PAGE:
Soon afterwards, he had a puzzling dream. In his dream, he approached the Rebbe for a blessing for his son. The Rebbe replied by telling him to visit Rabbi Leibl Groner, his secretary, and follow his instructions. Also, there was an implication that Mr. A had fallen behind in his gifts to charity.

Then, still dreaming, Mr. A visited Rabbi Groner, who told him to go and inspect a mikveh. As the dream continued, Mr. A. watched himself go to the mikveh and, seeing that it was incomplete, grow more and more angry, outraged at finding an unfinished mikveh in America.

When Mr. A. awoke, the dream came back to him, and he checked with his accountant. Sure enough, his contributions to charity had fallen behind in the amount of $40,000. Mr. A. decided to go to Rabbi Groner. If Rabbi Groner told him of a mikveh that needed about $40,000, he would know his dream was significant.

While Mr. A's personal drama was being played out, a drama of another sort was taking place. Rabbi Yosef Carlebach, director of Chabad of Middlesex/Monmouth counties in New Jersey, was in the process of constructing a new Chabad House that would provide a home away from home for the Jewish students of Rutgers University. The five-million dollar facility was almost complete, ready to house more than two dozen women, provide kosher meals to thousands of students a week, and serve as a center for the vibrant Jewish life which Chabad has built at Rutgers.

But Rabbi Carlebach had a problem. In mid-July he still needed $800,000 to pay the contractor to complete the project. And he could not receive a Certificate of Occupancy until the building was virtually complete.

By August, the situation looked bleak. The contractor had walked off the job and wouldn't return unless more money was forthcoming immediately. Time was growing short - the center was scheduled to open by the first of September - and there was still a good deal of work to do before the certificate could be issued.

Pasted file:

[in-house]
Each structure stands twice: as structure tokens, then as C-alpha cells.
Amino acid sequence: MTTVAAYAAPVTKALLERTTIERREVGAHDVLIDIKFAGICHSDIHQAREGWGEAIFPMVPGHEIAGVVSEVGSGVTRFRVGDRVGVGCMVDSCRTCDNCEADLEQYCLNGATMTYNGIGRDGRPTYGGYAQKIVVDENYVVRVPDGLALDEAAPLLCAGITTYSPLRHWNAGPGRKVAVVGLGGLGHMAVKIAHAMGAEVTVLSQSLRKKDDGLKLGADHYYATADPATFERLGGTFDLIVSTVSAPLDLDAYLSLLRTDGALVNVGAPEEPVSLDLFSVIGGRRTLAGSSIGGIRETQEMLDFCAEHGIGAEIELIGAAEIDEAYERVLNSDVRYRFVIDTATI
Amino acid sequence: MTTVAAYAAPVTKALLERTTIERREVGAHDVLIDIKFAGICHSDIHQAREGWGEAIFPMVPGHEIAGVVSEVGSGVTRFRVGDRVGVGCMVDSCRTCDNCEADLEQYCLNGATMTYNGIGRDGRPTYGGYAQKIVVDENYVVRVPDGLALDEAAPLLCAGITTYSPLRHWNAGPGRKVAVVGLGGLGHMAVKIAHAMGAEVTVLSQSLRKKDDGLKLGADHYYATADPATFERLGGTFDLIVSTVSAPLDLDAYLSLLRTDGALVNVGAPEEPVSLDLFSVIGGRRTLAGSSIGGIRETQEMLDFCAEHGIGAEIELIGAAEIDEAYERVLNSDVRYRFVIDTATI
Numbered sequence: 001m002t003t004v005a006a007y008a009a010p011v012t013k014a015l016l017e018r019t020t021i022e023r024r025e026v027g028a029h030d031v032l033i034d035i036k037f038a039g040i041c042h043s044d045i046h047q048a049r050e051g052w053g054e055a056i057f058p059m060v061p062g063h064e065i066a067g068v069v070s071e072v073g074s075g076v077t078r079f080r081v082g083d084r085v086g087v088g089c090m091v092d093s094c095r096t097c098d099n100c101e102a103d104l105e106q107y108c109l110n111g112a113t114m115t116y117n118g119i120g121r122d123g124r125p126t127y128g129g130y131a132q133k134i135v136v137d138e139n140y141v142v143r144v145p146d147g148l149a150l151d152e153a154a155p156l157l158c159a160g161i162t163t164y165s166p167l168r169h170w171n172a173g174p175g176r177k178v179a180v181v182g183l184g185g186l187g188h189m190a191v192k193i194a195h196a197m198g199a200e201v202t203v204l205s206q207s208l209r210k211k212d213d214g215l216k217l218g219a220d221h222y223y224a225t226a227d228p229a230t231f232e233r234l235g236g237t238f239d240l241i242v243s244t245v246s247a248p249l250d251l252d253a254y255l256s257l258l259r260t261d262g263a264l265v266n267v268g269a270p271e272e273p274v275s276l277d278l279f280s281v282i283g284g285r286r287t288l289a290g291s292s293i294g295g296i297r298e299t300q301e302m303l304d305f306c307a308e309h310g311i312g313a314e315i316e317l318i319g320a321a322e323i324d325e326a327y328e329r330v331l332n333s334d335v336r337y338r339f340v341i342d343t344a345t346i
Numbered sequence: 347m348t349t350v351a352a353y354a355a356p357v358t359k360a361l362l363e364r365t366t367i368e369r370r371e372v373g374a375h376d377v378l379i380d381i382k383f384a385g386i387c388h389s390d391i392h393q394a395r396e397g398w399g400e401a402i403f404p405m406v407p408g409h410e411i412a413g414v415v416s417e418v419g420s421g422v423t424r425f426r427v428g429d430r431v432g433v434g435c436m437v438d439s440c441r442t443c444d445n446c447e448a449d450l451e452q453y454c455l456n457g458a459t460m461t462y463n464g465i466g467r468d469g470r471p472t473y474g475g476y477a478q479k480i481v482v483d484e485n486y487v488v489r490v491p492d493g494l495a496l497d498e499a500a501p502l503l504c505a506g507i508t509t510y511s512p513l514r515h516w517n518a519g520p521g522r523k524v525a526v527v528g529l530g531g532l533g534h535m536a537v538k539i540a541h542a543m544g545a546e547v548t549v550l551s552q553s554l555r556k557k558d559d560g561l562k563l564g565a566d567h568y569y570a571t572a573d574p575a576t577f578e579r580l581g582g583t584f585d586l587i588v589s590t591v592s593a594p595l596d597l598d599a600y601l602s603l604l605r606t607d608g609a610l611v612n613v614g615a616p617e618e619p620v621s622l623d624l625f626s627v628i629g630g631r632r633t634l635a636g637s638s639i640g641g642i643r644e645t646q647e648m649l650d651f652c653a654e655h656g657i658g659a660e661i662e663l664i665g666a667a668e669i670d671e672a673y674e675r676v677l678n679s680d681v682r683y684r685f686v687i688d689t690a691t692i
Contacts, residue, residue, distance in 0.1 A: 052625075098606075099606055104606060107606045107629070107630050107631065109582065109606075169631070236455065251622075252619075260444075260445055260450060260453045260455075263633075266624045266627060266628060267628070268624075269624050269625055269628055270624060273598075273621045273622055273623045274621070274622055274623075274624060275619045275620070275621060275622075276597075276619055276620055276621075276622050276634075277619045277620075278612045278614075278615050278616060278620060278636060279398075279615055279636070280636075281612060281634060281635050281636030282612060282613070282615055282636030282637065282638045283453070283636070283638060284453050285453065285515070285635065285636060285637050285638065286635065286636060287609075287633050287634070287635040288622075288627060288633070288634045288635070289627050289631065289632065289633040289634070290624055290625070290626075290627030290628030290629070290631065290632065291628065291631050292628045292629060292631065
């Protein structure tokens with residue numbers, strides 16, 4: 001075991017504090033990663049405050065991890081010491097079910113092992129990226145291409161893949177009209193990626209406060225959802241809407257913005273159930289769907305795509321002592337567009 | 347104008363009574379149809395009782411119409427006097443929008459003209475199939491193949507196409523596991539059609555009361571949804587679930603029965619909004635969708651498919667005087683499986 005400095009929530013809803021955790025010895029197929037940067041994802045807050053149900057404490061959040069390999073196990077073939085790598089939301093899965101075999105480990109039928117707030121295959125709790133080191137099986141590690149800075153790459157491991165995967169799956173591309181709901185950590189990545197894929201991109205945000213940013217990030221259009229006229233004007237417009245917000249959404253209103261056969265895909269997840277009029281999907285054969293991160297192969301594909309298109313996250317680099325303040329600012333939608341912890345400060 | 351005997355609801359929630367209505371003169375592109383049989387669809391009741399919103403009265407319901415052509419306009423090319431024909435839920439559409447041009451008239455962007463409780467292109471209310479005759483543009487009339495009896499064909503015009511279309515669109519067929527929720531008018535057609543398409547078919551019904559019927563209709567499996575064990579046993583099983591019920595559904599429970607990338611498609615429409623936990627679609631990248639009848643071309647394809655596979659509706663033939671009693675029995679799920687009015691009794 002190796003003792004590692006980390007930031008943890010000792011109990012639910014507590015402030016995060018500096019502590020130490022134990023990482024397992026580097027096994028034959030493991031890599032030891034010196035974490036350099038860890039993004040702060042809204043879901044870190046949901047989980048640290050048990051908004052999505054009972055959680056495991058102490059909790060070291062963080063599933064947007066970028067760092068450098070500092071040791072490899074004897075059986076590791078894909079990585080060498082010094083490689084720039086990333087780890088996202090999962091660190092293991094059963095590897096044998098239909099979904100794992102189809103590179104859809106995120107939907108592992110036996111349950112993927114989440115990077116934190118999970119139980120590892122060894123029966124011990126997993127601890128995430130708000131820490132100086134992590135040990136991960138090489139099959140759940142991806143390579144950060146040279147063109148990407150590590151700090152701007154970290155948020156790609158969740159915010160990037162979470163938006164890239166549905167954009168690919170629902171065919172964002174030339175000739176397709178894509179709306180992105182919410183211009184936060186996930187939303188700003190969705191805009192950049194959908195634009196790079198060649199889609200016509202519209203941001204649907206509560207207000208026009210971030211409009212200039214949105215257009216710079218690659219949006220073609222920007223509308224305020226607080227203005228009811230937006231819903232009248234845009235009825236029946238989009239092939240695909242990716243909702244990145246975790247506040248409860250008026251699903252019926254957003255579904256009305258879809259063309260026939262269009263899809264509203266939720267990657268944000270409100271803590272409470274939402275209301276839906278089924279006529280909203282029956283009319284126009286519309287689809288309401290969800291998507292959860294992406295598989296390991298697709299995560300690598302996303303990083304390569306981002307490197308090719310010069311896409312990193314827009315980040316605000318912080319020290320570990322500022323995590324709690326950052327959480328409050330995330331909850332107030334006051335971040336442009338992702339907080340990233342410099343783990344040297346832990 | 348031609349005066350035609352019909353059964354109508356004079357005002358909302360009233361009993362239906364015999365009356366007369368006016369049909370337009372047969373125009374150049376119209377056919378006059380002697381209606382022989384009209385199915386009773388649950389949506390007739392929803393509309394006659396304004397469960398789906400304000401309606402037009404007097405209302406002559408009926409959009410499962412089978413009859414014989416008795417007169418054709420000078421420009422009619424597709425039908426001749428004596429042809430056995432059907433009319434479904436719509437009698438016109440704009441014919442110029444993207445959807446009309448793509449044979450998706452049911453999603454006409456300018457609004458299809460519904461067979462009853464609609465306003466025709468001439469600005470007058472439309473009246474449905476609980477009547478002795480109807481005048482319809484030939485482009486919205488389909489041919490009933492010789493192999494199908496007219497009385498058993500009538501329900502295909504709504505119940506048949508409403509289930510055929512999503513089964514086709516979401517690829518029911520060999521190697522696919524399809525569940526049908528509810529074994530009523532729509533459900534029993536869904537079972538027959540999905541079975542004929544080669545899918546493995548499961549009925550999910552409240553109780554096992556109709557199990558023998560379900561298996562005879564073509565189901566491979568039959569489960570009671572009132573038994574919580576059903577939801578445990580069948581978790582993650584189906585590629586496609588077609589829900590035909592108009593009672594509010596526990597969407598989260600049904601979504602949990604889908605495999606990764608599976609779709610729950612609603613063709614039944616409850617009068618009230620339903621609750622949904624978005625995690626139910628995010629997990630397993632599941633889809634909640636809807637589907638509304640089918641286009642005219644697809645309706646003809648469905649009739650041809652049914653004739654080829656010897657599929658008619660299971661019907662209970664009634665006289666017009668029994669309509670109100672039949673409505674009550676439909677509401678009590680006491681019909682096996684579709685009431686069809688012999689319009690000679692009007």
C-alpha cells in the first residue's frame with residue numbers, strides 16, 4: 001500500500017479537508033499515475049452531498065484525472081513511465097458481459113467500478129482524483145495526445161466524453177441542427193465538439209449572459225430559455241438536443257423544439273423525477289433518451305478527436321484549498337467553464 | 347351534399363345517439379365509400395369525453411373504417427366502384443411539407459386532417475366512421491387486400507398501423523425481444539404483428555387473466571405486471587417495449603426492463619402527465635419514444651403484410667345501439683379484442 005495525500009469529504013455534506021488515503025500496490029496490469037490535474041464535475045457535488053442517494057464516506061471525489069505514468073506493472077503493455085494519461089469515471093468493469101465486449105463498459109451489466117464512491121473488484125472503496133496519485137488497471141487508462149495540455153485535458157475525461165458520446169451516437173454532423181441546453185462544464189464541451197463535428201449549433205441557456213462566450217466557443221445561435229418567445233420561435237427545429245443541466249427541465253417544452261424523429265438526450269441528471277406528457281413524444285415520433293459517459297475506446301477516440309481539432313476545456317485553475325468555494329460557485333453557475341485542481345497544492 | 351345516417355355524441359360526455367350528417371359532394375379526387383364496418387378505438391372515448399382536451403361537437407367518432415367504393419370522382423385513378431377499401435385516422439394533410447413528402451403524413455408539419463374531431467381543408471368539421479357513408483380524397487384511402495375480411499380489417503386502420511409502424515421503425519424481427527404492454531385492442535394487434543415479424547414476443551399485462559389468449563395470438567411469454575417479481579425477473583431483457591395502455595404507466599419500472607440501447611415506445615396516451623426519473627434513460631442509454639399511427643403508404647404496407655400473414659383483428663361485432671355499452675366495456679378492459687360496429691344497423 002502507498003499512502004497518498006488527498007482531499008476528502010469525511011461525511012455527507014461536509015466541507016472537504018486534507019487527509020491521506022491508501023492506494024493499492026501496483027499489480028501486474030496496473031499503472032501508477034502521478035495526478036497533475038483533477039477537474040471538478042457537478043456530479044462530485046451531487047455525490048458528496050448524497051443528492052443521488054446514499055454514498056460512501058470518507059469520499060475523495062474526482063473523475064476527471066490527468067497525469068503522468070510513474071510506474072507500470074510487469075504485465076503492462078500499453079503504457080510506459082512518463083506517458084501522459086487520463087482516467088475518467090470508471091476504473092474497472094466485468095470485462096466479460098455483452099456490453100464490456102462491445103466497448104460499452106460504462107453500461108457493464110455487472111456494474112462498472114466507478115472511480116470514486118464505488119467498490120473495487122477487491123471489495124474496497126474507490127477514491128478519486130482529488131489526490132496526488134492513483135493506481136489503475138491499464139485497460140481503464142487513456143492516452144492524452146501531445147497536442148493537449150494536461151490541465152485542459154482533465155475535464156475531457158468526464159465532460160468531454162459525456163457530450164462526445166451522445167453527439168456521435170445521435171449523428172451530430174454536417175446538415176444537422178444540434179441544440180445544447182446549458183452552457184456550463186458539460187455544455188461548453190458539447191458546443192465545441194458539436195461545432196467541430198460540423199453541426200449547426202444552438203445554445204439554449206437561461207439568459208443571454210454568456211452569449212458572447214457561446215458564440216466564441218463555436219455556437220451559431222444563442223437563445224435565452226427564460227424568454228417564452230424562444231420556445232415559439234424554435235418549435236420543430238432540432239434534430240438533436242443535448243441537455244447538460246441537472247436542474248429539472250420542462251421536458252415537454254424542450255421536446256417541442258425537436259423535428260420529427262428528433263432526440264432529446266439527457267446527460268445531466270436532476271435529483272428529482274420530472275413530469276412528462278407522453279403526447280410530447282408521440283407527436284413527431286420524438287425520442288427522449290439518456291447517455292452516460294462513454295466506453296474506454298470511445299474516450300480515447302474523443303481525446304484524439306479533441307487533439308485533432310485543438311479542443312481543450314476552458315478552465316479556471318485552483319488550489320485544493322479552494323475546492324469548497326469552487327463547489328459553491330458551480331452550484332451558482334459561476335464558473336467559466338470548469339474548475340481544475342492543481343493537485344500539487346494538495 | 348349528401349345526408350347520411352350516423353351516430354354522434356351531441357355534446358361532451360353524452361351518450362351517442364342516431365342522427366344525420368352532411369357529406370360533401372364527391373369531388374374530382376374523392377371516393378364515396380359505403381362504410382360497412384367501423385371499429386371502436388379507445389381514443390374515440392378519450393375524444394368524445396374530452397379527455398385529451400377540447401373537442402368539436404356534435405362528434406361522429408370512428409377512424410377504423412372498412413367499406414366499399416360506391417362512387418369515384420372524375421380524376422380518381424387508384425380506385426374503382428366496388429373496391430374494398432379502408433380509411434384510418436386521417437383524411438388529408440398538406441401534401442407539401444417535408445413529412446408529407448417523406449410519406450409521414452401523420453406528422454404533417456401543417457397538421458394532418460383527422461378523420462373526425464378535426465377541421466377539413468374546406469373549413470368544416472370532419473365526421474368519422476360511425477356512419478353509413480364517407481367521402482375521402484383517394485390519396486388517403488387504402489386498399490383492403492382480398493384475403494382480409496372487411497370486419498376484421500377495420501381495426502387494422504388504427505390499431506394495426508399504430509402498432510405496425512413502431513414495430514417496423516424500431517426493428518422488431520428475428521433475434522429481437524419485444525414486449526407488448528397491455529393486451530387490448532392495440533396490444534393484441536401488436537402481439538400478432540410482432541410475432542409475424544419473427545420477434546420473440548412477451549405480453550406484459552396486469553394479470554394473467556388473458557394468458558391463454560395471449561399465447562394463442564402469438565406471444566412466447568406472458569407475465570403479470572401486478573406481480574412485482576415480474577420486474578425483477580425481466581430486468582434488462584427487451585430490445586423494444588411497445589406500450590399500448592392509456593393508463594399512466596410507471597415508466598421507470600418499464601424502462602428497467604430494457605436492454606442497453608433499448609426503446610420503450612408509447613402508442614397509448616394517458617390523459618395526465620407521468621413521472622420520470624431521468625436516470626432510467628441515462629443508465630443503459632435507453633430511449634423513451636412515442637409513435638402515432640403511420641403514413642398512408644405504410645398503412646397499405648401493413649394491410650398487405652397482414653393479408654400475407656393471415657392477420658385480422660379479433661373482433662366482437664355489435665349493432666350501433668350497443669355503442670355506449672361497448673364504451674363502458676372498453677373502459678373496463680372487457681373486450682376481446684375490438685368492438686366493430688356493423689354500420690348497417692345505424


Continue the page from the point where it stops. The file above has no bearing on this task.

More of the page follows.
As the summer days passed, Rabbi Carlebach labored non-stop to obtain the necessary funds. His supporters had already donated generously, and could not give any more large sums. Rabbi Carlebach had called Rabbi Leibl Groner (who had spoken at the groundbreaking ceremony) for some fundraising leads, but Rabbi Groner had also been unable to provide substantial help.

The frustration and stress were taking their toll. One Sunday afternoon in mid-August, in the middle of making calls to solicit funds, Rabbi Carlebach fell asleep with the phone in his hand.

At that moment, the two dramas began to intermesh. Mr. A. entered Rabbi Groner's office to tell him about the dream. "Do you know of a mikveh that is in the process of completion?" he asked.

Rabbi Groner thought of Rabbi Carlebach, and called him immediately. Startled out of his sleep, Rabbi Carlebach was surprised to hear Rabbi Groner's voice asking: "How much money is needed to complete the mikveh in the Chabad House?"

"Forty thousand dollars," was Rabbi Carlebach's immediate response; he knew the figure only too well. When Rabbi Groner conveyed this information to him, Mr. A.'s face turned white.

Rabbi Groner called Rabbi Carlebach back on Monday morning with the news that a New York businessman might be able to help. Time was of the essence, so Rabbi Carlebach called Mr. A., and offered to drive into New York, pick him up, and bring him out to the unfinished Chabad House. Mr. A. agreed, and Rabbi Carlebach picked him up late Tuesday afternoon. Mr. A. sat quietly for the whole drive.

As Rabbi Carlebach showed Mr. A. around the Chabad House, he seemed only mildly interested. When the two men entered the area designated for the mikveh, however, Mr. A. just stood and stared, transfixed.

Five minutes passed, then 10. After 15 minutes, Rabbi Carlebach told Mr. A. that he would be upstairs saying the afternoon prayers. When Rabbi Carlebach finished praying, he heard Mr. A. downstairs, talking excitedly on his cellular phone.

On the way back to New York, Mr. A. told Rabbi Carlebach about his dream. "It's not only that the dollar amounts match," he told Rabbi Carlebach, "but the unfinished mikveh in your Chabad House looks exactly like the one I saw in my dream!"

On Thursday, Mr. A. brought Rabbi Groner the $40,000. Although it was 10:30 PM, Rabbi Groner called Rabbi Carlebach at once, and the latter immediately drove into New York to pick up the money.